The city shut all three of its airports, its subways, schools, stock exchanges, Broadway theaters and closed several bridges and tunnels Monday as the weather worsened. By evening, a record 13-foot storm surge was threatening Manhattan’s southern tip and utilities deliberately darkened part of the borough to avoid storm damage.
It could be several days to a week before all residents who lost power during the storm get their lights back, Miksad said.
On Tuesday, the New York Stock Exchange was to be closed again — the first time it’s been closed for two consecutive days due to weather since 1888, when a blizzard struck the city.
At 4 a.m., few people were out on the streets. Times Square was lit but empty of people. Round-the-clock restaurants and bars that would have been wrapping up after last call were closed. Only a handful of taxis plied the streets — but there was an abundance of emergency and police vehicles.
Uptown, windows of apartments and businesses glowed. But to cross through midtown was to be swallowed by darkness. Only a few emergency or backup lights appeared in buildings.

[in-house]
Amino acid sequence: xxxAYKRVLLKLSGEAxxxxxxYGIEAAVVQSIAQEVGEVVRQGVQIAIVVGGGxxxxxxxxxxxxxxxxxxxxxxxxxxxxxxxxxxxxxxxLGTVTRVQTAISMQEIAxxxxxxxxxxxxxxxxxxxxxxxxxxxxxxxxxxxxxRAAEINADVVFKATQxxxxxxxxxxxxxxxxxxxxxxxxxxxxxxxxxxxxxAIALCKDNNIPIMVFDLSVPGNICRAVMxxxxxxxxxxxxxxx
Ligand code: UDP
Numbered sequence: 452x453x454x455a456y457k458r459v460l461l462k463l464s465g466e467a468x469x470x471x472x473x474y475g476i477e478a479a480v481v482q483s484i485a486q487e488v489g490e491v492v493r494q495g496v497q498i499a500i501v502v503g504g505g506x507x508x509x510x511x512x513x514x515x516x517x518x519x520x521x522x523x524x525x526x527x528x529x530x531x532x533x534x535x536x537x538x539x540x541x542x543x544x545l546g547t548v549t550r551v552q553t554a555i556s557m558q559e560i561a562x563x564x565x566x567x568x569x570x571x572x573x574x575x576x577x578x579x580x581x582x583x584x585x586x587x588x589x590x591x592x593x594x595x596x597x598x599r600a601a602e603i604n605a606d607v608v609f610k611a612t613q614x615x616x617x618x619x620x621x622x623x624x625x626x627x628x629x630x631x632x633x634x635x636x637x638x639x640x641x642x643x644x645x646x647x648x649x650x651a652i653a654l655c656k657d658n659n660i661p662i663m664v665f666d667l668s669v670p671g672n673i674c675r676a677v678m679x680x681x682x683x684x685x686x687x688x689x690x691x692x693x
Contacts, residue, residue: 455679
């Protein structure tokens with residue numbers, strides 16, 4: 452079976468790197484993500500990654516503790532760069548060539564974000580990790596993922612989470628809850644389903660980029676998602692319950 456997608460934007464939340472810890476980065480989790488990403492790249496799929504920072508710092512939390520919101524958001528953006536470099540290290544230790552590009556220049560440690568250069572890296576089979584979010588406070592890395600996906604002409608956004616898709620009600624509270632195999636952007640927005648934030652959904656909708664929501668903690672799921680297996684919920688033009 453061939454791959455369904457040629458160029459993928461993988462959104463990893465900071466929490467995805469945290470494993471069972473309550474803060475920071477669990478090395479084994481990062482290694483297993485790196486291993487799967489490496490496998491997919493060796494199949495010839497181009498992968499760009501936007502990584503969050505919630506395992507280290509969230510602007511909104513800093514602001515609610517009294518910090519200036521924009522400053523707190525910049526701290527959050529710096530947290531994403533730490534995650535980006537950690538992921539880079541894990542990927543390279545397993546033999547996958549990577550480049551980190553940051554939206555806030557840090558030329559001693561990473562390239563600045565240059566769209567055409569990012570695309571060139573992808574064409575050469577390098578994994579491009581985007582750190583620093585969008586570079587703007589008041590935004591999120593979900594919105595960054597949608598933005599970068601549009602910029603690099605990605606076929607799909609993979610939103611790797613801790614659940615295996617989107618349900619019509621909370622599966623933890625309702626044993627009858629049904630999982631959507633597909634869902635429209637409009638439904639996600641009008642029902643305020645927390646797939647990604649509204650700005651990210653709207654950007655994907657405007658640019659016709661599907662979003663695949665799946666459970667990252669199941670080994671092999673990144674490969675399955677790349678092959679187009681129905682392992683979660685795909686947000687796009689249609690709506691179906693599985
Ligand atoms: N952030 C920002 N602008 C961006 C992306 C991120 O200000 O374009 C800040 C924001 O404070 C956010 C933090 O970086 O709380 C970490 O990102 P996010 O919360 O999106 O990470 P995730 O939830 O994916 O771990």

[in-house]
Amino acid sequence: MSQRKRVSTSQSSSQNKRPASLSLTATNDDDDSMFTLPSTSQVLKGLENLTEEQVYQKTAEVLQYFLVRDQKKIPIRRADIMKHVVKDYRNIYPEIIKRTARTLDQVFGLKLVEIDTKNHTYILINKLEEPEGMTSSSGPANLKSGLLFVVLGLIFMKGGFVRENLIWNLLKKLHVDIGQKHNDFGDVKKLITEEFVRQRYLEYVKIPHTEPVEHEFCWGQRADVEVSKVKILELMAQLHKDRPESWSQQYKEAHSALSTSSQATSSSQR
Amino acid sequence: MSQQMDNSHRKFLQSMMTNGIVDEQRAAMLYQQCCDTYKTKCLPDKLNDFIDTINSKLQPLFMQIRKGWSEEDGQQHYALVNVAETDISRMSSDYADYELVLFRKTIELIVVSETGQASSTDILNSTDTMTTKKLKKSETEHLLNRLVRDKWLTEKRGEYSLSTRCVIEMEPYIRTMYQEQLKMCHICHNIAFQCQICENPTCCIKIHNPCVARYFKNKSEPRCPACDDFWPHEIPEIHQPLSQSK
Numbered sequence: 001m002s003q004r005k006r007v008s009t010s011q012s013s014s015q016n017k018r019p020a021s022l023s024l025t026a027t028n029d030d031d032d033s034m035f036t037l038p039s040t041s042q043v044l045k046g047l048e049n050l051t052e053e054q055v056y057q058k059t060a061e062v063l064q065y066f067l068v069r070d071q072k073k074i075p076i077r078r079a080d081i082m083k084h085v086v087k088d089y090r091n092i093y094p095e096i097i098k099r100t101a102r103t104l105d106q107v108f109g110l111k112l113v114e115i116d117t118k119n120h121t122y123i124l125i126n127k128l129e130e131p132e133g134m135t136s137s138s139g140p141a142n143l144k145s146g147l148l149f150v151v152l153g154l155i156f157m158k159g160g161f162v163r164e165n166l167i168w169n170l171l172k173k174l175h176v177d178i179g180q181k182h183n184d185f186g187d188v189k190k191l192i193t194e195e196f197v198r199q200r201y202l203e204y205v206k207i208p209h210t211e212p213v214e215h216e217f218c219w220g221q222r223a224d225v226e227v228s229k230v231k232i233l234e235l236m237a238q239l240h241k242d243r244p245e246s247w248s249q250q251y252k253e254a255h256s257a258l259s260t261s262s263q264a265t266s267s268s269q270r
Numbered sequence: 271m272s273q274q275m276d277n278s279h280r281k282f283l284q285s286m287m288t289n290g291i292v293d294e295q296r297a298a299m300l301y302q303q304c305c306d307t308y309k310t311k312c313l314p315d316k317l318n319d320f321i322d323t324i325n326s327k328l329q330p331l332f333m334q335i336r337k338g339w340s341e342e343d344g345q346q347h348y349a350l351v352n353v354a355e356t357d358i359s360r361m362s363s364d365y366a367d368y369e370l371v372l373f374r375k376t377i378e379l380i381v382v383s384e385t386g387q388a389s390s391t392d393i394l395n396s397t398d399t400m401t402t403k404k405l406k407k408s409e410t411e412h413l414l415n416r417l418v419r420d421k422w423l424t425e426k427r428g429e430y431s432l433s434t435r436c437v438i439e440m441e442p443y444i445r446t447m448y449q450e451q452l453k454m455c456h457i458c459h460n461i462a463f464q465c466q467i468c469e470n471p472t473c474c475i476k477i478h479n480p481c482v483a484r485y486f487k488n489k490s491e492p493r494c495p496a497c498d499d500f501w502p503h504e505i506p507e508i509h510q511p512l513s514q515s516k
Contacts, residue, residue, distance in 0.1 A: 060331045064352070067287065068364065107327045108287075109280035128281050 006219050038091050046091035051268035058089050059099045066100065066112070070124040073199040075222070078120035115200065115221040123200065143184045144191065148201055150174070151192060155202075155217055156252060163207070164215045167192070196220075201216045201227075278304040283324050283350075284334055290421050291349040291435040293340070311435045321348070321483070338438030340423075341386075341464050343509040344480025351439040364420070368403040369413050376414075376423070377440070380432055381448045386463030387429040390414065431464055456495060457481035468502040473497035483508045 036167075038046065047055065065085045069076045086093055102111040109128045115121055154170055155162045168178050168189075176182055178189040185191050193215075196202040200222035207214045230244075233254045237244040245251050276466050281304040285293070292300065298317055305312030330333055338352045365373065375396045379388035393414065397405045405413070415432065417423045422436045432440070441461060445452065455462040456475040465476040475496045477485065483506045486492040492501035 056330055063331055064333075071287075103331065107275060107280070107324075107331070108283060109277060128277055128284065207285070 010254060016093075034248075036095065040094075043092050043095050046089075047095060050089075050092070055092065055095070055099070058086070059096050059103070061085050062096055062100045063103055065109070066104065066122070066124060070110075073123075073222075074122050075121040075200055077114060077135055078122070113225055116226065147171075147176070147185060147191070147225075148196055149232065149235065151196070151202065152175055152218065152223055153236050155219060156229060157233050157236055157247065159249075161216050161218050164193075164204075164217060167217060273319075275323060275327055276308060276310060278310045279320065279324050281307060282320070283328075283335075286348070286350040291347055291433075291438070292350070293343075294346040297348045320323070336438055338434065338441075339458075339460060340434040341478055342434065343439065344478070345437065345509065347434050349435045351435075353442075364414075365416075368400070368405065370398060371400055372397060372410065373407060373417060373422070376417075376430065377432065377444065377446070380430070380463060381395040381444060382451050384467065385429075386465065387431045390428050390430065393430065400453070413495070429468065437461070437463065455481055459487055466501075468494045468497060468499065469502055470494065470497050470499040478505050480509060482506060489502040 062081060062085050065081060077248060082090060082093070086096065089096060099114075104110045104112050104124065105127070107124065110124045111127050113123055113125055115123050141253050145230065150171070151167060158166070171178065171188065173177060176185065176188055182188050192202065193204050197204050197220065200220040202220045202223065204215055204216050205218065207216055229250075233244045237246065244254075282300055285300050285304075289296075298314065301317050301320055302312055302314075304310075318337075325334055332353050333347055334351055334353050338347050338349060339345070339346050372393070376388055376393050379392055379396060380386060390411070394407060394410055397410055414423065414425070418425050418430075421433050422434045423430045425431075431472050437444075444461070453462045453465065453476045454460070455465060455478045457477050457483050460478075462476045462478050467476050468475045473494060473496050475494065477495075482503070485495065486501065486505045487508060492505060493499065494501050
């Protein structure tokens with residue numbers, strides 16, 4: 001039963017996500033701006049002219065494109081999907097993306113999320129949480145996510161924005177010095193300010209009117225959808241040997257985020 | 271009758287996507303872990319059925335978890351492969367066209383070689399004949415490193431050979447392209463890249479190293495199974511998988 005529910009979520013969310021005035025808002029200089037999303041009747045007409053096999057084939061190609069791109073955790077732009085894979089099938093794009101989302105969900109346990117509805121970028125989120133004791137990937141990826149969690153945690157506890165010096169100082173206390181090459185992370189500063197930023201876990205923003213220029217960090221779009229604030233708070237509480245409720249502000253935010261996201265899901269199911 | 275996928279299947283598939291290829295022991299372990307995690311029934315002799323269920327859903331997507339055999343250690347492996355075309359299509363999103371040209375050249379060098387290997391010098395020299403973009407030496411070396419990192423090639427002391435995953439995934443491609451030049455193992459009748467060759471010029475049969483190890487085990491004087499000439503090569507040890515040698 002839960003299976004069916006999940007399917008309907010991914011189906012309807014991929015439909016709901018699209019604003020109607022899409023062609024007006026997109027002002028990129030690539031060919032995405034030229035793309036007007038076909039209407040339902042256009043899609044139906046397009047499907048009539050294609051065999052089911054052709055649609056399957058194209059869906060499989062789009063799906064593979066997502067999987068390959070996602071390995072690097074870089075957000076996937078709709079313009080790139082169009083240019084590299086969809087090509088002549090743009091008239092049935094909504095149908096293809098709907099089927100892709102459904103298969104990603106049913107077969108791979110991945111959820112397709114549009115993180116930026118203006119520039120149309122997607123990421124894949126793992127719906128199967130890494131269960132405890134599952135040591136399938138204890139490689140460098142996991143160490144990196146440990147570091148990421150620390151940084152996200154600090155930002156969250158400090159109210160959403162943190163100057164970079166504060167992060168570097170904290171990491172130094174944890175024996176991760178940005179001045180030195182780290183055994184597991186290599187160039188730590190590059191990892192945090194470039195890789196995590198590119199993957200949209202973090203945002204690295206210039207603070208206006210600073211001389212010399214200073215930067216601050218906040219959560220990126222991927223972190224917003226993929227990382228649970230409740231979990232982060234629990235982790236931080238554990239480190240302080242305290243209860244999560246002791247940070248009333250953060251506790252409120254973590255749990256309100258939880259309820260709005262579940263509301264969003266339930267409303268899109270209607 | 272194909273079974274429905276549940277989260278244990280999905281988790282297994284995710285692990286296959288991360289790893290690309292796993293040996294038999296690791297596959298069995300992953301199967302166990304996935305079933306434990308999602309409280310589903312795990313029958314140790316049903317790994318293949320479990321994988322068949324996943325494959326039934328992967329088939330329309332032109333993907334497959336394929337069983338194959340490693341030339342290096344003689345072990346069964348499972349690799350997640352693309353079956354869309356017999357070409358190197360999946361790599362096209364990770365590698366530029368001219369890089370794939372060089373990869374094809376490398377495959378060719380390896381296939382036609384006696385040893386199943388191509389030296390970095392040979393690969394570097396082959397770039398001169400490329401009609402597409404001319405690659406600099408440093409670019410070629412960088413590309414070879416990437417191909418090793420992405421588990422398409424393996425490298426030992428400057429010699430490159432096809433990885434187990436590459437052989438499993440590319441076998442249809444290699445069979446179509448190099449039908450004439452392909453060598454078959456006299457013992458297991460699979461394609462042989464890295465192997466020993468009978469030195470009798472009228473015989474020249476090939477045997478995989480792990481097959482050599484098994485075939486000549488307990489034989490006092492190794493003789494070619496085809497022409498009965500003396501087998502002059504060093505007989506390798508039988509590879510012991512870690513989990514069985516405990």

Late Monday, an explosion at a substation at 14th Street and FDR Drive contributed to the power outages. No one was injured, and ConEd did not know whether the explosion was caused by flooding or by flying debris.
Earlier in the day, another 1 million customers lost power in New York City, the northern suburbs and coastal Long Island, where floodwaters swamped cars, downed trees and put neighborhoods under water.
At least six people were killed in the New York City area, most by falling trees. The dead included two boys, ages 11 and 13, who were killed when a tree fell on a home in suburban Westchester County.
On coastal Long Island, floodwaters swamped cars, downed trees and put neighborhoods under water as beachfronts and fishing villages bore the brunt of the storm. A police car was lost rescuing 14 people from the popular resort Fire Island.
Contributing to this report were Associated Press writers Tom Hays and Larry Neumeister in New York, and Frank Eltman on Long Island.